1. Conclusion

The above-mentioned analysis shows how there is no doubt about the significant role of the protection of journalistic sources to ensure press freedom. In Becker, the decision of the Strasbourg Court is along these lines. The Court recognised the violation of Art. 10 of the Convention in a case where the effect of an order to testify would have been mitigated by the voluntary disclosure of the source and not have affected likely the public trust in press freedom. However, this ruling shows how the protection of the journalistic sources is relevant in a democratic society with the result that, as any restriction of freedom of expression, limitations to this fundamental rights are subject to the narrow scrutiny of the Strasbourg Court.

[1]ECtHR, Becker v. Norway, app. 21272/12 (2018).

[2]According to Art. 125 of the Norwegian Criminal Code: «The editor of a printed publication may refuse to answer questions as to who is the author of an article or report in the publication or the source of any information contained in it. The same applies to questions as to who is the source of other information that has been confided to the editor for use in his work. Other persons who have acquired knowledge of the author or the source through their work for the publishers, editors, press agency or printers in question have the same right as the editor. When important social interests indicate that the information should be given and it is of substantial significance for the clarification of the case, the court may, however, on an overall evaluation, order the witness to reveal the name. If the author or source has revealed matters that it was socially important to disclose, the witness may be ordered to reveal the name only when this is found to be particularly necessary. When an answer is given, the court may decide that it shall only be given to the court and the parties at a sitting in camera and under an order to observe a duty of secrecy. The provisions of this section apply correspondingly to any director or employee of any broadcasting agency». See also Art. 108: «Unless otherwise provided by statute, every person summoned to attend as a witness is bound to do so and to give evidence before the court».

[3]According to Art. 10 ECHR: «1. Everyone has the right to freedom of expression. This right shall include freedom to hold opinions and to receive and impart information and ideas without interference by public authority and regardless of frontiers. This Article shall not prevent States from requiring the licensing of broadcasting, television or cinema enterprises. 2. The exercise of these freedoms, since it carries with it duties and responsibilities, may be subject to such formalities, conditions, restrictions or penalties as are prescribed by law and are necessary in a democratic society, in the interests of national security, territorial integrity or public safety, for the prevention of disorder or crime, for the protection of health or morals, for the protection of the reputation or rights of others, for preventing the disclosure of information received in confidence, or for maintaining the authority and impartiality of the judiciary».

[4]ECtHR, Becker, cit., § 13.

[5]According to the Strasbourg Court, the law should be both adequately accessible and foreseeable, that is, formulated with sufficient precision to enable the individual – if need be with appropriate advice – to regulate his conduct. ECtHRSanoma Uitgevers B.V. v. the Netherlands, app. 38224/03 (2009), § 81.

[6]ECtHR, Goodwin v. the United Kingdom,app. 17488/90 (1996), § 39; Sanoma, cit., § 51.

[7]ECtHR, Financial Times Ltd and Others v. the United Kingdom, app. 821/03 (2009), § 63.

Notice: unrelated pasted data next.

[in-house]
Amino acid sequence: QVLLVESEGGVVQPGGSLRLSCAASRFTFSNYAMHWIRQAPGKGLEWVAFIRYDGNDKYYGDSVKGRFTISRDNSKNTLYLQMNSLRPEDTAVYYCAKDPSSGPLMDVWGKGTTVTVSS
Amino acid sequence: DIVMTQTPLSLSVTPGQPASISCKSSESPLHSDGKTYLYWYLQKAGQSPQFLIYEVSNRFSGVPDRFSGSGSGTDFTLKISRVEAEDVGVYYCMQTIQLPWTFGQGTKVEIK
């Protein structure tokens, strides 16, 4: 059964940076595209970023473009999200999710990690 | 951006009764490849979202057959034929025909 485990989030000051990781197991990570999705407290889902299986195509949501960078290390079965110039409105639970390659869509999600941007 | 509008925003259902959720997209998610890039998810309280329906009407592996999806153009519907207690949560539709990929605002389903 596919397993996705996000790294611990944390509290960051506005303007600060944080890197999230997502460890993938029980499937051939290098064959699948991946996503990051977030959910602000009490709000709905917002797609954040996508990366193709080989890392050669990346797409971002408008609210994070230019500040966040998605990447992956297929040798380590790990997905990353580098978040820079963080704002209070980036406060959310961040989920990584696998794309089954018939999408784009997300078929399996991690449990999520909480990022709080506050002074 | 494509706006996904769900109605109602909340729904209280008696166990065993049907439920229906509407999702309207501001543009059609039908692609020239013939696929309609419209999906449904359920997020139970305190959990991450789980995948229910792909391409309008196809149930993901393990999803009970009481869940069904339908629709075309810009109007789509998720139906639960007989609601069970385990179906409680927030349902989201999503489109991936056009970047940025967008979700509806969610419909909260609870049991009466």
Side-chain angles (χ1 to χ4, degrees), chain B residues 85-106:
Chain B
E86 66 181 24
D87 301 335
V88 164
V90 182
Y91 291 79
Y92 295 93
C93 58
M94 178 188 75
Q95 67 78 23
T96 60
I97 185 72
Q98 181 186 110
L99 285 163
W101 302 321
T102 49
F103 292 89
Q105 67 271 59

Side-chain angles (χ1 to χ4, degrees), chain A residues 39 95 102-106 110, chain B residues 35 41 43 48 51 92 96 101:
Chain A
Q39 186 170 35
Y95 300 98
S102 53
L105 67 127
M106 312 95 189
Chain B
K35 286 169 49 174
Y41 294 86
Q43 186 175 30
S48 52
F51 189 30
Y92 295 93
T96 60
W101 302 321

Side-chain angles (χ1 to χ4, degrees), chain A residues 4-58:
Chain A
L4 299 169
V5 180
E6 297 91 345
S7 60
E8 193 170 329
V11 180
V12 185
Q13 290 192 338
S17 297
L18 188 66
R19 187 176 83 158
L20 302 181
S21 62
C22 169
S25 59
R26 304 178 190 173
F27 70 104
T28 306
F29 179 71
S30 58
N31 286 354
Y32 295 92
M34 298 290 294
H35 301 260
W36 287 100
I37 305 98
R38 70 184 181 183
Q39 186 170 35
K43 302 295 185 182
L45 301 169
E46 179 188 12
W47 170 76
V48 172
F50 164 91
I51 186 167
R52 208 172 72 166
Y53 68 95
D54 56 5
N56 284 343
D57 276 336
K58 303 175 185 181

[8]Ibid.66.

[9]ECtHR, Voskuil v. the Netherlands, app. 64752/01 (2007), § 67.

[10]ECtHR, Financial Times Ltd, cit., § 63 and 66; Telegraaf Media Nederland Landelijke Media B.V. and Others v. The Netherlands, app. 39315/06 (2012), § 128.

[11]ECtHR, Nordisk Film & TV A/S v. Denmark (dec.), app. 40485/02 (2005); Stichting Ostade Blade v. the Netherlands(dec.), app. 8406/06 (2014), § 64.

[12]ECtHR, Becker, cit., § 76.

[13]Ibid.,80.

[14]ECtHR, Voskuil, cit.

[15]See para. 3.

[16]Council of Europe, Parliamentary Assembly, Recommendation 1950 (2011), The protection of journalists’ sources, 25 January 2011; Recommendation No. R (00) 7 of the Committee of Ministers to member states on the right of journalists not to disclose their sources of information, 8 March 2000.

[17]ECtHR, Becker, cit., § 48-52.

[18]Ibid., § 53-58.

[19]See, in particular, J. Posetti, Protecting Journalism Sources in the Digital Age, UNESCO report, in www.unesdoc.unesco.org, 8 May 2017; C.F. Kleberg, The Death of Source Protection?LSE Polis, 13 August 2015; G.E. Vigevani, La protezione del segreto del giornalista al tempo di Internet, in G. D’Elia – G. Tiberi – M.P. Viviani Schlein (eds.), Scritti in memoria di Alessandra Concaro, Milan, 2012, 781 ss.; K.N. Dörr – K. Hollnbuchner, Ethical Challenges of Algorithmic Journalism, in Digital Journalism, 5, 2005, 404 ss.

[20]J. Podkowik, Secret surveillance, national security and journalistic privilege – in search of the balance between conflicting values in the age of new telecommunication technologies,in IX World Congress of Constitutional Law (Oslo, 16-20 June 2014). Contributions by Polish Scholars, Warsaw, 2015, 171 ss.

[21]D. Banisar, Speaking of terror. A survey of the effects of counter-terrorism legislation on freedom of the media, Europe Media and Information Society Division Directorate General of Human Rights and Legal Affairs, Council of Europe, 2008.

[22]Regarding the topic of the relationship between surveillance or public enforcement activities and freedom of expression in the EU see, in particular, CJEU, C‑293/12 and C‑594/12, Digital Rights Ireland Ltd (2014); C-203/15 and C-698/15, Tele2 Sverige(2016); C-207/16, Ministerio Fiscal(2018).

[23]ECtHR, Big Brother Watch and Others v. the United Kingdom, app. 58170/13, 62322/14 and 24960/15 (2018).

[24]Ibid., 495.

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About Author

Giovanni De Gregorio is a trainee lawyer, specialised in IT and IP law, currently working for a law firm in Milan. Before graduating at Bocconi University in 2016 with a dissertation about the European Digital Single Market Strategy, he has attended courses at national and international level such as the Cyberlaw course at the London School of Economics. Moreover, he has also worked as intern at the Italian Delegation to NATO in Brussels. His research interests are Constitutional Law, EU law, IT and IP law.